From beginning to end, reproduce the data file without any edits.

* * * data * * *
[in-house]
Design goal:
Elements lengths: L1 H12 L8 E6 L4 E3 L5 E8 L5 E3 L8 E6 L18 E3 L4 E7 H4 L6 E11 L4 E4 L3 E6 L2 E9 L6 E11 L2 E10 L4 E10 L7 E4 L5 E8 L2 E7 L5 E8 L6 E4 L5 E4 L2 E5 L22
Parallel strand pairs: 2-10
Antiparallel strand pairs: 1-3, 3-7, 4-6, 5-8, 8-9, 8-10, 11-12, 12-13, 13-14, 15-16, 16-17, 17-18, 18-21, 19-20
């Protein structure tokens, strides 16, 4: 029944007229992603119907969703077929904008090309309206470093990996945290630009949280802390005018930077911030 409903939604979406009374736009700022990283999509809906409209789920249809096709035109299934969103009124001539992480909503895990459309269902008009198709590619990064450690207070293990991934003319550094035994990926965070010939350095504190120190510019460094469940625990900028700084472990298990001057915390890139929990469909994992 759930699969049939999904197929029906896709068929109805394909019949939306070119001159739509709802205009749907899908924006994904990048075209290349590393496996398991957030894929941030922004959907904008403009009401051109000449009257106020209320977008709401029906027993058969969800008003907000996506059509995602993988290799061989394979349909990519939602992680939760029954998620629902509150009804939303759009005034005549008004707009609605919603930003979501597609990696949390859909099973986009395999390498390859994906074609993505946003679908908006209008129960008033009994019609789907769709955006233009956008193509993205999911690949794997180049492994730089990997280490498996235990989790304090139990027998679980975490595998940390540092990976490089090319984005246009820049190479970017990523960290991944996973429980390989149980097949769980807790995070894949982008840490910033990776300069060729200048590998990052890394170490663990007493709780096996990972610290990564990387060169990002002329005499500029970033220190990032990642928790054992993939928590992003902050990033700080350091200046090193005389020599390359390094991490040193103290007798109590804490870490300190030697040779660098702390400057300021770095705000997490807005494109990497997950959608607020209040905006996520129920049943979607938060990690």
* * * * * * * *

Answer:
[in-house]
Design goal:
Elements lengths: L1 H12 L8 E6 L4 E3 L5 E8 L5 E3 L8 E6 L18 E3 L4 E7 H4 L6 E11 L4 E4 L3 E6 L2 E9 L6 E11 L2 E10 L4 E10 L7 E4 L5 E8 L2 E7 L5 E8 L6 E4 L5 E4 L2 E5 L22
Parallel strand pairs: 2-10
Antiparallel strand pairs: 1-3, 3-7, 4-6, 5-8, 8-9, 8-10, 11-12, 12-13, 13-14, 15-16, 16-17, 17-18, 18-21, 19-20
């Protein structure tokens, strides 16, 4: 029944007229992603119907969703077929904008090309309206470093990996945290630009949280802390005018930077911030 409903939604979406009374736009700022990283999509809906409209789920249809096709035109299934969103009124001539992480909503895990459309269902008009198709590619990064450690207070293990991934003319550094035994990926965070010939350095504190120190510019460094469940625990900028700084472990298990001057915390890139929990469909994992 759930699969049939999904197929029906896709068929109805394909019949939306070119001159739509709802205009749907899908924006994904990048075209290349590393496996398991957030894929941030922004959907904008403009009401051109000449009257106020209320977008709401029906027993058969969800008003907000996506059509995602993988290799061989394979349909990519939602992680939760029954998620629902509150009804939303759009005034005549008004707009609605919603930003979501597609990696949390859909099973986009395999390498390859994906074609993505946003679908908006209008129960008033009994019609789907769709955006233009956008193509993205999911690949794997180049492994730089990997280490498996235990989790304090139990027998679980975490595998940390540092990976490089090319984005246009820049190479970017990523960290991944996973429980390989149980097949769980807790995070894949982008840490910033990776300069060729200048590998990052890394170490663990007493709780096996990972610290990564990387060169990002002329005499500029970033220190990032990642928790054992993939928590992003902050990033700080350091200046090193005389020599390359390094991490040193103290007798109590804490870490300190030697040779660098702390400057300021770095705000997490807005494109990497997950959608607020209040905006996520129920049943979607938060990690």